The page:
Street co-naming for Yusuf Hawkins

Moses Stewart, left, and the Rev. Al Sharpton pray after placing a wreath of flowers at the site where Stewart's 16-year-old son Yusuf Hawkins was slain by a white mob 10 years ago, Tuesday, Aug. 24, 1999, in the Brooklyn borough of New York. Hawkins' death sparked several rallies in the predominantly white Brooklyn neighborhood of Bensonhurst.
Associated Press/Suzanne Plunkett, file

Yusuf Hawkins, a Black teenager from East New York who was shot and killed by a white mob in Bensonhurst in 1989, will be honored 32 years after his death with the co-naming of the important site in abolitionist history at 227 Duffield Street as a landmark step to honor and preserve Brooklyn’s history.

Thanks to Brooklyn Borough President Eric Adams, Council Member Brad Lander and Council Member Robert Cornegy, who announced the street co-naming, enacted by Council on Jan. 17.

Yusuf Kirriem Hawkins was born in the East New York, Brooklyn on March 19, 1973.

According to the release, Hawkins’ name became a national rallying cry after he was shot and killed at the age of 16 while visiting with three of his friends in the Brooklyn neighborhood of Bensonhurst, where they were set upon by a white mob. In the wake of his killing, which came in the same year as the racially charged, Central Park Five case, racial tensions erupted between Black and white New Yorkers.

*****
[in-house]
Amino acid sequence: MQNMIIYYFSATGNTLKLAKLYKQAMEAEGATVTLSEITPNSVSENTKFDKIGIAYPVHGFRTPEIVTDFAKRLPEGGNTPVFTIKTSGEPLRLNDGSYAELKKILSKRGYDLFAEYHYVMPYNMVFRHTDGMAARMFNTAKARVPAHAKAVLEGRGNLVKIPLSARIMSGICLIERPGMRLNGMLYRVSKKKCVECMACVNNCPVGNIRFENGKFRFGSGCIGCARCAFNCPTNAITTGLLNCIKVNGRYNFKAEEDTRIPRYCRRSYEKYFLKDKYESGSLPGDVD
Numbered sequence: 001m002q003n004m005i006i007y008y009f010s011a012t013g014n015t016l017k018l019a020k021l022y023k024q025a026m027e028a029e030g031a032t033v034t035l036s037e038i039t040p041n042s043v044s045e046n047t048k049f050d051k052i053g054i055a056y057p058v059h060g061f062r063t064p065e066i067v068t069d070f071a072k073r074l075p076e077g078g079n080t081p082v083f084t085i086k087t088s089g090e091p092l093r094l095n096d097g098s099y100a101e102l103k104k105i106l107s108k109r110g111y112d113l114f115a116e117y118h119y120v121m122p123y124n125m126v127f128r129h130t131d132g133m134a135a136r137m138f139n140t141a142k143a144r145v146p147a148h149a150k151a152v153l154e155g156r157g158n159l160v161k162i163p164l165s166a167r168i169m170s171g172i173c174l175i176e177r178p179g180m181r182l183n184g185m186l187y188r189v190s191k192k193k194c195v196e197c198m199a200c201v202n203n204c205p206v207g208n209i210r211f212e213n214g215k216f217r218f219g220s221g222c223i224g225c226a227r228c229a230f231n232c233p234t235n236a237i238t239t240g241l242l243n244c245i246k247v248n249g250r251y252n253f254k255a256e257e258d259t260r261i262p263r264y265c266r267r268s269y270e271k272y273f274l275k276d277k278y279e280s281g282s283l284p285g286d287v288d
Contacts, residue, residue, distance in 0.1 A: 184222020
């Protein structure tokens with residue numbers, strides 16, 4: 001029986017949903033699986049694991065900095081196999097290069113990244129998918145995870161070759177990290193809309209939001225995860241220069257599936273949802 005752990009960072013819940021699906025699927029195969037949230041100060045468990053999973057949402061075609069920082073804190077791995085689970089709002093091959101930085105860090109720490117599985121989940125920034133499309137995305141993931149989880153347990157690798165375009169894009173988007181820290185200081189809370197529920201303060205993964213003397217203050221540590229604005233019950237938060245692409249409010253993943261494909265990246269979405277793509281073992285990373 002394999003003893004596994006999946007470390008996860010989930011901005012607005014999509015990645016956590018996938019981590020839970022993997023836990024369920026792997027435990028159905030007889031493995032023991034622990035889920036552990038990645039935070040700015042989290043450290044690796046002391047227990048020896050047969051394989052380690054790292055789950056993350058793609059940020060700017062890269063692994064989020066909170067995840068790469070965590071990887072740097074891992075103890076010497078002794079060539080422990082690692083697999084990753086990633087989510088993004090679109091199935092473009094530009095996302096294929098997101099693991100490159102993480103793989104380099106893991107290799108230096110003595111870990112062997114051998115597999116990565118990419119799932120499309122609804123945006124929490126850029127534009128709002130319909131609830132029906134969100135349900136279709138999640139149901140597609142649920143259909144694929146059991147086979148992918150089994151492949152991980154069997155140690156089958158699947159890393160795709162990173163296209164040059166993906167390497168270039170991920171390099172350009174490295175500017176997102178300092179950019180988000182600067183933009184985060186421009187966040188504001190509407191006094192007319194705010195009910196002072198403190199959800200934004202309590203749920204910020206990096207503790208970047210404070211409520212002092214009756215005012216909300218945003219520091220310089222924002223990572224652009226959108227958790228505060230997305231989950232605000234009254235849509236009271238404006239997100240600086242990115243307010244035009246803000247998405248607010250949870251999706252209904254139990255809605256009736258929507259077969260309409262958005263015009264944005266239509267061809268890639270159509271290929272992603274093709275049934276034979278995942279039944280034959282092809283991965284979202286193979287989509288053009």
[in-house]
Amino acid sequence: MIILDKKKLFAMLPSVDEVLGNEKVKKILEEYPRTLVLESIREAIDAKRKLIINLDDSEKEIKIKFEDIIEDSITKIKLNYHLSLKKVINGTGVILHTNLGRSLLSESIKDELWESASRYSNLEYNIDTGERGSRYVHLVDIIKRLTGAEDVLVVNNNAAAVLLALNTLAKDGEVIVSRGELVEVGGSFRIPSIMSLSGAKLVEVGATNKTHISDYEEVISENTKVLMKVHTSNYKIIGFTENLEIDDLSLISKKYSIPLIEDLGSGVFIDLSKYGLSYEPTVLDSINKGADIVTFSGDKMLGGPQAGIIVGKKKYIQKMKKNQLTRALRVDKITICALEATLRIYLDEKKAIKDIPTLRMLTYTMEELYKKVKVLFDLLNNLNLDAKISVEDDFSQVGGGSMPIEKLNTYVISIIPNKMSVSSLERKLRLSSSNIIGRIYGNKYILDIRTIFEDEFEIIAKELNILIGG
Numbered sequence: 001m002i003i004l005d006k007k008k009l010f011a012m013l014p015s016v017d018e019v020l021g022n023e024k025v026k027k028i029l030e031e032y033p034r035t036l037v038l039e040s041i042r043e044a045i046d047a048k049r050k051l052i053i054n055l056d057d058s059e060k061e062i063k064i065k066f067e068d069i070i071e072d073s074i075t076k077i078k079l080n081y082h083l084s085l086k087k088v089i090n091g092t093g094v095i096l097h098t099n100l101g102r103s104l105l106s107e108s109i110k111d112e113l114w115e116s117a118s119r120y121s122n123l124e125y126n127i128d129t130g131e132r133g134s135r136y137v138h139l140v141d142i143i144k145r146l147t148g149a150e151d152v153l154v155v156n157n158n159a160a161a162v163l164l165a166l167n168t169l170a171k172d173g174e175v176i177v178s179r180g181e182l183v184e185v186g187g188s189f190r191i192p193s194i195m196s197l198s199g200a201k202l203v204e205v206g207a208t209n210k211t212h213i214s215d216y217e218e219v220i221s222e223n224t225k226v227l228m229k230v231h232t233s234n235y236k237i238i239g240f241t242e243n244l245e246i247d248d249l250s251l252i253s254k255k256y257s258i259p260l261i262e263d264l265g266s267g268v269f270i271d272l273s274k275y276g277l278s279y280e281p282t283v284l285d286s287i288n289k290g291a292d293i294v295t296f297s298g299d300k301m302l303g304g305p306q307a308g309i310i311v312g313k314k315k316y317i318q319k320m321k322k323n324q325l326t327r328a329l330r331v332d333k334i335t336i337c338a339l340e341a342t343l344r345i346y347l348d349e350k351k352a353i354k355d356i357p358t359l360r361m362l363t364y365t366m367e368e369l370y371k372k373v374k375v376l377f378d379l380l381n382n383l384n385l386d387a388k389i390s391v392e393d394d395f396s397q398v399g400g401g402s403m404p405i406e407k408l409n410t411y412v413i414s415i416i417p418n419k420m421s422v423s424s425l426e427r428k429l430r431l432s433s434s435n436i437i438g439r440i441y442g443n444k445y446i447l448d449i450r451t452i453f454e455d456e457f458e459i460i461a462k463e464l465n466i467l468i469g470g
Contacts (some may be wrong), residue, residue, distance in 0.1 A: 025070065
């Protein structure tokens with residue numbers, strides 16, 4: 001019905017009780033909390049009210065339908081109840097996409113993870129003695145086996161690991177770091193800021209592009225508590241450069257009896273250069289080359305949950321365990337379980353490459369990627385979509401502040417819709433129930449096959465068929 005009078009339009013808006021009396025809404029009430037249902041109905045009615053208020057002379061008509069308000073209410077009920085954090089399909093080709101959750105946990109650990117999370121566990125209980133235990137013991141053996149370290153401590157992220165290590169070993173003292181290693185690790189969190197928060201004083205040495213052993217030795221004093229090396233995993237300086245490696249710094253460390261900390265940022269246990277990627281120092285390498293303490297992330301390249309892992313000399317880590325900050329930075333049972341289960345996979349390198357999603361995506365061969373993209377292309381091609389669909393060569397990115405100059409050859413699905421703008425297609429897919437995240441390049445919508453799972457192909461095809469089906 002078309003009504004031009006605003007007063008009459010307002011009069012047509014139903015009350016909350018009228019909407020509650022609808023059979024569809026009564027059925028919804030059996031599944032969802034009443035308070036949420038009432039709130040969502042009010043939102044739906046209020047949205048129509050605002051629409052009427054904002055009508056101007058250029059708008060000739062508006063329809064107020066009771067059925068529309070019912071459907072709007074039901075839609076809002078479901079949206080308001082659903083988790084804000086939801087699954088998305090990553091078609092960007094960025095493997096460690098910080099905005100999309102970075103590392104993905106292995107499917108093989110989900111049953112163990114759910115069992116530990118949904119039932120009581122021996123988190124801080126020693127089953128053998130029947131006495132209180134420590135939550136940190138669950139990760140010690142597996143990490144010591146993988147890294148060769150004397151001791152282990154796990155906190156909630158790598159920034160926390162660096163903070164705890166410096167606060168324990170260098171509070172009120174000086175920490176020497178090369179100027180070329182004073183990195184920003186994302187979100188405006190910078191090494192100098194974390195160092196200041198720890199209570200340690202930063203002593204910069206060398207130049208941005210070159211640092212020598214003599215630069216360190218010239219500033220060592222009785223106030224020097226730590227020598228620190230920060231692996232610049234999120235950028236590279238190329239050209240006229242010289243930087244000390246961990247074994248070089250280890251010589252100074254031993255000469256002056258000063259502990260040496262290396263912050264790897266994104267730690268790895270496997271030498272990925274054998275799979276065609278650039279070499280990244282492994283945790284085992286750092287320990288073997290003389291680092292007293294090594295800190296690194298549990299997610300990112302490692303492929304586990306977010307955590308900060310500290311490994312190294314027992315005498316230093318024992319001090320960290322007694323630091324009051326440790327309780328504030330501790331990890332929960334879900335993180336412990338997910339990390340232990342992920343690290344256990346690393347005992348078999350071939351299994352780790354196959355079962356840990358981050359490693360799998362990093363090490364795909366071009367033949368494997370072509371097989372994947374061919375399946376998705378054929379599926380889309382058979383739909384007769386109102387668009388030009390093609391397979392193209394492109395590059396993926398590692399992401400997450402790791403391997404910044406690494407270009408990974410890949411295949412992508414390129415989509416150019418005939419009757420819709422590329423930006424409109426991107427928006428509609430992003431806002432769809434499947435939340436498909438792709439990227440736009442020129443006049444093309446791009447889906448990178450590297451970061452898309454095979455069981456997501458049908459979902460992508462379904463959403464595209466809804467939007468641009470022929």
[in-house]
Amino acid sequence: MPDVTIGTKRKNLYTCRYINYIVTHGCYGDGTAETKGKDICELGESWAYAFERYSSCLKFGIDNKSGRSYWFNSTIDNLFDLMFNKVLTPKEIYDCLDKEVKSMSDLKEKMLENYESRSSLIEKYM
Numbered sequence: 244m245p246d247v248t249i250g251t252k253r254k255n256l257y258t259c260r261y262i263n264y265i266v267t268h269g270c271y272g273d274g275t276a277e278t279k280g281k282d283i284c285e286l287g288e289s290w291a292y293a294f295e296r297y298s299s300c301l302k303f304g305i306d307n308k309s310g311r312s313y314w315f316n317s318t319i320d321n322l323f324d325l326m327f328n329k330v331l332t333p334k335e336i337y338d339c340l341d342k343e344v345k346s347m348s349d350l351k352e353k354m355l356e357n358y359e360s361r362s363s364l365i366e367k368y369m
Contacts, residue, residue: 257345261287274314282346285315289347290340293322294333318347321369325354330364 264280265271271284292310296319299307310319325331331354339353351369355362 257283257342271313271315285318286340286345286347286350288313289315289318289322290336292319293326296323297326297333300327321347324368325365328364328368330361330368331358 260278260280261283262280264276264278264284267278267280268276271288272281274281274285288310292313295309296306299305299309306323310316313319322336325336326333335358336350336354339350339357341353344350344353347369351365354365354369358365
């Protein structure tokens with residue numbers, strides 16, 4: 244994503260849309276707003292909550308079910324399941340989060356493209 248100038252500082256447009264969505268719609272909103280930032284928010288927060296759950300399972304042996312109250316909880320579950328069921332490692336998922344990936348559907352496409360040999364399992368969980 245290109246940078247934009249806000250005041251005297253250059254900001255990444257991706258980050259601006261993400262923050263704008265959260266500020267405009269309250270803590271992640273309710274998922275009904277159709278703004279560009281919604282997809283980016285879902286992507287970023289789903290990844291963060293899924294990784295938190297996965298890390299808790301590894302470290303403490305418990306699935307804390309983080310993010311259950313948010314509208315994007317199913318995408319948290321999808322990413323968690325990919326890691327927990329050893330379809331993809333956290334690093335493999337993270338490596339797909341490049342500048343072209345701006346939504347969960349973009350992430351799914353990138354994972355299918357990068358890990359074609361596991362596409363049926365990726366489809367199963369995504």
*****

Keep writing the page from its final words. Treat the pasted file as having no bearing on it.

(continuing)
The Reverend Al Sharpton led a series of marches through Bensonhurst demanding justice for Hawkins. Five convictions were handed down for the men involved in Hawkins’ killing. Though Hawkins did not live to see the beginning of the Black Lives Matter movement, which sprung up in the wake of the police killing of Michael Brown in Ferguson, Missouri, many see his tragic murder and the wave of activism it catalyzed, which brought greater awareness about racist violence against people of color, as a precursor to the movement, said the statement.

The measure also honored Pete Hamil, a legendary newspaper columnist, born in the Park Slope neighborhood of Brooklyn on June 24, 1935, the son of Irish immigrants. He dropped out of high school at 15 to work as a sheet metal worker at the Brooklyn Navy Yard, and joined the US Navy before returning to New York in 1957. After spending three years as a graphic designer, he got an opportunity to write for the New York Post despite having no journalistic experience.

He spent the next several decades working in journalism in a variety of roles at the New York Post, New York Daily News, and Newsday. In addition, he was a celebrated and prolific author of fiction, nonfiction, essays, and screenplays.

Hamill received numerous accolades for his writing, including a Grammy Award in 1976 for his notes on Bob Dylan’s album “Blood on the Tracks” and a George Polk Career Award. He died at the age of 85 in Brooklyn in August of last year.

According to reports, the co-naming ceremonies will take place in the coming weeks.

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